Intentional Nonlinearity in the Small Scale with Applications to Multi-Frequency Atomic Force Microscopy and Mass Sensing
Abstract: In recent decades, micro- and nanomechanical resonators have drawn considerable attention due to their high sensitivity, portability, and relatively low cost. They are currently used in a wide variety of applications including precise frequency generation and timekeeping, nanoscale imaging, and sensor technology. This presentation will include results of experimental, numerical, and analytical investigations of microscale mechanical resonators with applications in atomic force microscopy (AFM) and mass sensing. The focus of this research effort is to exploit nonlinear phenomena to enhance existing measurement techniques in AFM and mass sensing.
In the first part of the talk, a summary of my work in the area of AFM will be presented in which I consider a new design of the AFM cantilever. The new probe design uses internal resonance to passively amplify higher harmonics for use in multi-harmonic AFM. In contrast to other multi-frequency AFM techniques, this approach provides multiple channels with strong signal to noise ratios while maintaining the simplicity of a single excitation frequency. I studied the capability of this cantilever to characterize material properties of polymers, bacteria, and viruses and found that the internal resonance-based design results in enhanced sensitivity to Young’s modulus.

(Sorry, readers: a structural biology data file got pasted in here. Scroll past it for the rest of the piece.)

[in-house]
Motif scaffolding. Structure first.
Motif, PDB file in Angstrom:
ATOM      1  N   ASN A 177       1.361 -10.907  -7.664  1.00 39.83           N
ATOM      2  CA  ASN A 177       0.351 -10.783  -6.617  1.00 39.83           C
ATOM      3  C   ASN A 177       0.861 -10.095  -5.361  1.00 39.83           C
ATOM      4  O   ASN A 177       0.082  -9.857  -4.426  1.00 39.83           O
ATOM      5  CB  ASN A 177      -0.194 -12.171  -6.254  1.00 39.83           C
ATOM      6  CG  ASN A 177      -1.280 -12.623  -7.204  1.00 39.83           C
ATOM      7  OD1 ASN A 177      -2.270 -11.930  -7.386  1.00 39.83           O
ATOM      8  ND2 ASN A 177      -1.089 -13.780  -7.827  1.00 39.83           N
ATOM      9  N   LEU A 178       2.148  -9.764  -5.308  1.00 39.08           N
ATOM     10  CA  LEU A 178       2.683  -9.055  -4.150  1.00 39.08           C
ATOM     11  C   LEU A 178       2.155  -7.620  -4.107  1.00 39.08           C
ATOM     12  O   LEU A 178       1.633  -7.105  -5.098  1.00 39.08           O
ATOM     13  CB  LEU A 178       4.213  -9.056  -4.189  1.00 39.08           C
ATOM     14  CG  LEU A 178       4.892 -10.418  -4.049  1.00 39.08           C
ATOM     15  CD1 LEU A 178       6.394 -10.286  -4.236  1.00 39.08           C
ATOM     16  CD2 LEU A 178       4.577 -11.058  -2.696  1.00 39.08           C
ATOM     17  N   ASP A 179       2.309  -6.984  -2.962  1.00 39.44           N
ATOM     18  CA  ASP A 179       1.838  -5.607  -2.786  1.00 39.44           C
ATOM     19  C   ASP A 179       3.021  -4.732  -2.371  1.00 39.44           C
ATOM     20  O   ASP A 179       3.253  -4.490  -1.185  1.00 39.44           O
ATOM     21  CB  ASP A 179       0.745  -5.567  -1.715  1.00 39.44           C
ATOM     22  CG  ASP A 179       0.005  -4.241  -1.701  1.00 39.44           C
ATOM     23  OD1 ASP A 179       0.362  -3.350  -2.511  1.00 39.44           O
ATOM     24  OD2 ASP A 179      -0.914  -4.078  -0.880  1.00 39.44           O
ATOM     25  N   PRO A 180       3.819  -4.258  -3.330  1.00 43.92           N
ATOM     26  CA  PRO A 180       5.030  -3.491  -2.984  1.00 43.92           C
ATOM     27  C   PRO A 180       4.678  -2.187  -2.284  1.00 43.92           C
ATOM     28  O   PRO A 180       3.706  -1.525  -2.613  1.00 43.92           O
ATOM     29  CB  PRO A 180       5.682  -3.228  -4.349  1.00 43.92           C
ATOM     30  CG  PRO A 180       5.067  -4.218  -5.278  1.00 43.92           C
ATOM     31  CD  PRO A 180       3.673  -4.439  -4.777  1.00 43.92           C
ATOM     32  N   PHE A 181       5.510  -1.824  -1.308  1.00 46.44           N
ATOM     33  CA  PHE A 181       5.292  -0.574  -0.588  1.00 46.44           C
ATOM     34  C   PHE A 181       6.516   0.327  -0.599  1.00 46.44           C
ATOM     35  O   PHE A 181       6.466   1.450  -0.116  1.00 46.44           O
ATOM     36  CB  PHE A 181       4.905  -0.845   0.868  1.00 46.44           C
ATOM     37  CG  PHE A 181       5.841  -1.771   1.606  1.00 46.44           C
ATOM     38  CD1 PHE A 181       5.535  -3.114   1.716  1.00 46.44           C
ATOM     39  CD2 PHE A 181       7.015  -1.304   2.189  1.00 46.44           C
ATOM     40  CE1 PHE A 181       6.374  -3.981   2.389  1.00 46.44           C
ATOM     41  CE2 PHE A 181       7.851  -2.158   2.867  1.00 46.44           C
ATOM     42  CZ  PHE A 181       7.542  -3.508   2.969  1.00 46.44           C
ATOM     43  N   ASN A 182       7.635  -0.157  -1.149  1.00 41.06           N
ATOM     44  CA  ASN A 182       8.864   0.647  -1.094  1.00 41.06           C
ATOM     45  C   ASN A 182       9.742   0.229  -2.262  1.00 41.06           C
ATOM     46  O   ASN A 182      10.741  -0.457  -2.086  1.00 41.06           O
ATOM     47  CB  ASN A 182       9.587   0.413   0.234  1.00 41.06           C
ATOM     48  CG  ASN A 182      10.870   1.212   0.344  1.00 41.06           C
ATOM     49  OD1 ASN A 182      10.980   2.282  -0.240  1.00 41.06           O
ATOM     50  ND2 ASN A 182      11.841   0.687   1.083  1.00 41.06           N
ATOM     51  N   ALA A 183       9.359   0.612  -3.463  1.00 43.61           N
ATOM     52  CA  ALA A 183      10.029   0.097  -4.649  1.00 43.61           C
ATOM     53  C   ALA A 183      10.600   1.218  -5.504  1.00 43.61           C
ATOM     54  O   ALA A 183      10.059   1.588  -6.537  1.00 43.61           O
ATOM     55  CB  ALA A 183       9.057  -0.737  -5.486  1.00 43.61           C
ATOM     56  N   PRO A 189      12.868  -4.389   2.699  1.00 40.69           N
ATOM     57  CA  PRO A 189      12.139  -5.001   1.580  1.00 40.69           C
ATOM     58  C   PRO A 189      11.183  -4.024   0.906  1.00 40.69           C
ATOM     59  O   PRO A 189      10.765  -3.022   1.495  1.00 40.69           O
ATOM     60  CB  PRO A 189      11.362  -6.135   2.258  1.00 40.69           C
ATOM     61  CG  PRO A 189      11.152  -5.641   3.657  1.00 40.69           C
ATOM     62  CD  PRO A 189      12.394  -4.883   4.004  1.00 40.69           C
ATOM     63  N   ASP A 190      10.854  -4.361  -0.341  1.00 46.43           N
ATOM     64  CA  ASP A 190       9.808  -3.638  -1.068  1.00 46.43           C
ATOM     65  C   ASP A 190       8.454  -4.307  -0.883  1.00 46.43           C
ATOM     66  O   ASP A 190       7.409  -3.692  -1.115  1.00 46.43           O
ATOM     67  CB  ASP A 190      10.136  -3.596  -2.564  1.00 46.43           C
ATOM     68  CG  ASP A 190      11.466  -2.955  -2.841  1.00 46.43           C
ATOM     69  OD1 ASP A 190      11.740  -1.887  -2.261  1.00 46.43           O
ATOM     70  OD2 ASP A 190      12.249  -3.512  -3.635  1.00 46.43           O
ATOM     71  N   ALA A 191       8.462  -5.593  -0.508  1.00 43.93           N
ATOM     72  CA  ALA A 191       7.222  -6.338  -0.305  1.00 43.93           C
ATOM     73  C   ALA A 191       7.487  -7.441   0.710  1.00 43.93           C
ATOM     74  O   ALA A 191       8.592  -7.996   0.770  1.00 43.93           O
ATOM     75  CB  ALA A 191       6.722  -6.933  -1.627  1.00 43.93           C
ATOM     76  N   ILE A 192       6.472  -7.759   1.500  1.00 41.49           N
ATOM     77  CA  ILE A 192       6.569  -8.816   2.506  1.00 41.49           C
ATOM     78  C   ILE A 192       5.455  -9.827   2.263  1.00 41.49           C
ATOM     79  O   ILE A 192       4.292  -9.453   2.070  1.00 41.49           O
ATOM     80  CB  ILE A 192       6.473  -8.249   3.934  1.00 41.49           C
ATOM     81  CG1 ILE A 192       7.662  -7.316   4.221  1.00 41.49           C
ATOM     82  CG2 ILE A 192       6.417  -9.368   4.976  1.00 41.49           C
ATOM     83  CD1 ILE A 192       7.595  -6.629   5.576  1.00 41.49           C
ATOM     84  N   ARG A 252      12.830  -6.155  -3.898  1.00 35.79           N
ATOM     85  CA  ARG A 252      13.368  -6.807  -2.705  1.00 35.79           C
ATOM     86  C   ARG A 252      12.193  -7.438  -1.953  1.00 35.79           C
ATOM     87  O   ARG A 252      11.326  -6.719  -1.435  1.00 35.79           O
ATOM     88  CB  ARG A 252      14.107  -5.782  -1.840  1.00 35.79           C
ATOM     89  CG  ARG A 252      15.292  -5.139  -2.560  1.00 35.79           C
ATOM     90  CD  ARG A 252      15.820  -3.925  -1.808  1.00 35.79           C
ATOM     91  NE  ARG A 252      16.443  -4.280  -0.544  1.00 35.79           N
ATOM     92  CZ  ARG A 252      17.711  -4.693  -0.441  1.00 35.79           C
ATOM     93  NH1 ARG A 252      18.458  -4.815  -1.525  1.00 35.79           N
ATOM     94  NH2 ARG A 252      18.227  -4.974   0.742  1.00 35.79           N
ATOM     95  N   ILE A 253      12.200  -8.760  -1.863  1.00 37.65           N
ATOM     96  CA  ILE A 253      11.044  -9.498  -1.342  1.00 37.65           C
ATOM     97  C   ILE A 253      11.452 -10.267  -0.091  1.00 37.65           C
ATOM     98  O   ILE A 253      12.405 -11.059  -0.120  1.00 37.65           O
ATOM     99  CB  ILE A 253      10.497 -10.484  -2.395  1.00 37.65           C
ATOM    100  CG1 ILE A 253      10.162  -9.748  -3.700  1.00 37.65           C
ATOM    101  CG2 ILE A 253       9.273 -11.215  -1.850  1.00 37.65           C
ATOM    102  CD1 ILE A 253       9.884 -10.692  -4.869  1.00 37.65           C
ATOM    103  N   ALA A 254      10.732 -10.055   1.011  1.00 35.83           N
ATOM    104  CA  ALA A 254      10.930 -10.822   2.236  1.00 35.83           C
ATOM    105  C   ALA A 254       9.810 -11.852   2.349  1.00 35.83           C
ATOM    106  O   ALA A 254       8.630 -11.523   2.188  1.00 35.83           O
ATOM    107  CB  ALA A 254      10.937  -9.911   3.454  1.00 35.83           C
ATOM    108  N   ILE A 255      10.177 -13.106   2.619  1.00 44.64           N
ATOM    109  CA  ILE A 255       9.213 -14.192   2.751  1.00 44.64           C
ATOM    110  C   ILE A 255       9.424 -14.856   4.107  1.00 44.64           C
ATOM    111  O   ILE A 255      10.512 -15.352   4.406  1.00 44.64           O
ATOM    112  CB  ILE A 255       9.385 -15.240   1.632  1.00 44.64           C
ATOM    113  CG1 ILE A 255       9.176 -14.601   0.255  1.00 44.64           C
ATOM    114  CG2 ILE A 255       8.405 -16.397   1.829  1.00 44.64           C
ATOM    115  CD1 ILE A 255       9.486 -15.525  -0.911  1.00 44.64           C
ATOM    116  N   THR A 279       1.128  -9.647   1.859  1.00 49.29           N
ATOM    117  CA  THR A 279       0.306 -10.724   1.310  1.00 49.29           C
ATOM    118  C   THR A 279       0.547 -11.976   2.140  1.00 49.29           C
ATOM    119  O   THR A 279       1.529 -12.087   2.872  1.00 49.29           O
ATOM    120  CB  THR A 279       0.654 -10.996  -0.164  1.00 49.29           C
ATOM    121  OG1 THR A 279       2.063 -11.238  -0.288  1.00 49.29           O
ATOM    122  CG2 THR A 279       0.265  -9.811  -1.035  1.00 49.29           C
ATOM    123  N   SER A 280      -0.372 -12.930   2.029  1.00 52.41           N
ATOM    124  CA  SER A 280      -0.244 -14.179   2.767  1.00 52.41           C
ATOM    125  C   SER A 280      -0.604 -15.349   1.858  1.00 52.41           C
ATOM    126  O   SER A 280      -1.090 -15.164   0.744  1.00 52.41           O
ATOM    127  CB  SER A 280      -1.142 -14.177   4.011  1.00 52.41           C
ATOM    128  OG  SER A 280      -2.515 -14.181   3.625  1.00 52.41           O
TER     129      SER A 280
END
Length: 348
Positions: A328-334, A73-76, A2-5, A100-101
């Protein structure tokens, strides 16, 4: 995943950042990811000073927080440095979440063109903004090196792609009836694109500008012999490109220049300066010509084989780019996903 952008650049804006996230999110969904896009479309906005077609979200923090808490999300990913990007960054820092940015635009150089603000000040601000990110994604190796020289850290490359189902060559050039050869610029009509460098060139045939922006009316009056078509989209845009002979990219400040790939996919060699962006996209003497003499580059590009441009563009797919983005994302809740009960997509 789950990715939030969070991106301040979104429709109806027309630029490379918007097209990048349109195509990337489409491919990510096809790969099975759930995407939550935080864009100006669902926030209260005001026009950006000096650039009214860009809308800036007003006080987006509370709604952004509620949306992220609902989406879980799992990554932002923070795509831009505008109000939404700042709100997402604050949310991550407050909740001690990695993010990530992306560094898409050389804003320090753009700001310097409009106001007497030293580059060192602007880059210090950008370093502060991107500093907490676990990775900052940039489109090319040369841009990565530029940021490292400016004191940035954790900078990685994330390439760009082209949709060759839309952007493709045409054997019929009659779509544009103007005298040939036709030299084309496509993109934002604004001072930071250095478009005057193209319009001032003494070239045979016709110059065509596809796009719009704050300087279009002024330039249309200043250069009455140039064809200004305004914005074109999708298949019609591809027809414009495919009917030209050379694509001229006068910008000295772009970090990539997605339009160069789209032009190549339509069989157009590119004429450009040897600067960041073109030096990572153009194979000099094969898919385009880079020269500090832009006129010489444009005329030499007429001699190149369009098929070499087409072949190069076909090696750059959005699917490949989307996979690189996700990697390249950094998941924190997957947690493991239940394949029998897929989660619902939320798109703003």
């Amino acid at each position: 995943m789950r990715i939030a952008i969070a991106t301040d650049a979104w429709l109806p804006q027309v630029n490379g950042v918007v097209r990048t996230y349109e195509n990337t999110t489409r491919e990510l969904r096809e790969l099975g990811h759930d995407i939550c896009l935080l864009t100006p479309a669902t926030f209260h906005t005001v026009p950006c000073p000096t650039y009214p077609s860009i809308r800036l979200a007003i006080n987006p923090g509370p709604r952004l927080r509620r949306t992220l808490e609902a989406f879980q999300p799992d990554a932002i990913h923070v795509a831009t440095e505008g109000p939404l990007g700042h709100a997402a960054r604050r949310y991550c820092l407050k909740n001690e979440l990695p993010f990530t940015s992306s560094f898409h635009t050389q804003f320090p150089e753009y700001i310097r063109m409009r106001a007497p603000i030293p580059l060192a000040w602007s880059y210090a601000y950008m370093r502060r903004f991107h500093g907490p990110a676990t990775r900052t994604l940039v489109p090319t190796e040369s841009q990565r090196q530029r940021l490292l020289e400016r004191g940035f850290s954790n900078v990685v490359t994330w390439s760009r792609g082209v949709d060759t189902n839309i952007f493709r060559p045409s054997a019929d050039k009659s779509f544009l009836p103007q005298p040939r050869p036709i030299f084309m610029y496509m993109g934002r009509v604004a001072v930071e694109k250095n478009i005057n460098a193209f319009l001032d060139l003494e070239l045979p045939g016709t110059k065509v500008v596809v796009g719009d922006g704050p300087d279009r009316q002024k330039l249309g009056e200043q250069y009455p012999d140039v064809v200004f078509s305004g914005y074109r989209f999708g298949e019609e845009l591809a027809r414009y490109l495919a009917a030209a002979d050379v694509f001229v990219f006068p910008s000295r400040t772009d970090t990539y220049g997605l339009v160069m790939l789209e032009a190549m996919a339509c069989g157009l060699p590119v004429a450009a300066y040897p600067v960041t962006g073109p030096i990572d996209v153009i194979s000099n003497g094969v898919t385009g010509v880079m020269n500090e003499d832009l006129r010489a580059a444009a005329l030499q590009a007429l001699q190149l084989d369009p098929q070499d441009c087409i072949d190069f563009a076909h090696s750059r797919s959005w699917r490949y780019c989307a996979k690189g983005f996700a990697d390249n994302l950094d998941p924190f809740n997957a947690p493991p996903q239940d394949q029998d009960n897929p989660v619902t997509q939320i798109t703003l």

In the second part of the talk, I will present results from a study of a new micromechanical mass sensor design that utilizes amplitude shifts within ultra-wide broadband resonances. The sensor consists of a clamped-clamped beam under harmonic base excitation having a concentrated mass at its center. Interestingly, because of geometric nonlinearity, for sufficiently large base excitation amplitudes, there is no theoretically predicted jump-down bifurcation point in the primary resonance curve. Further, the critical excitation level above which there is no theoretical jump-down event is significantly lowered by the presence of the concentrated mass, hence its critical role in the beam design. In practice, a jump-down bifurcation point may occur because of the excitation of higher resonances, perturbations in the initial conditions, and/or excitation amplitude caused by noise, or the basin of attraction for the upper branch solution may become impractically small. However, I believe it may be possible to physically realize a critical excitation amplitude above which the bandwidth of the resonance increases substantially. By operating at an excitation amplitude above this critical threshold, the ultrawide resonant bandwidth can be exploited in a mass-sensing technique based on amplitude tracking.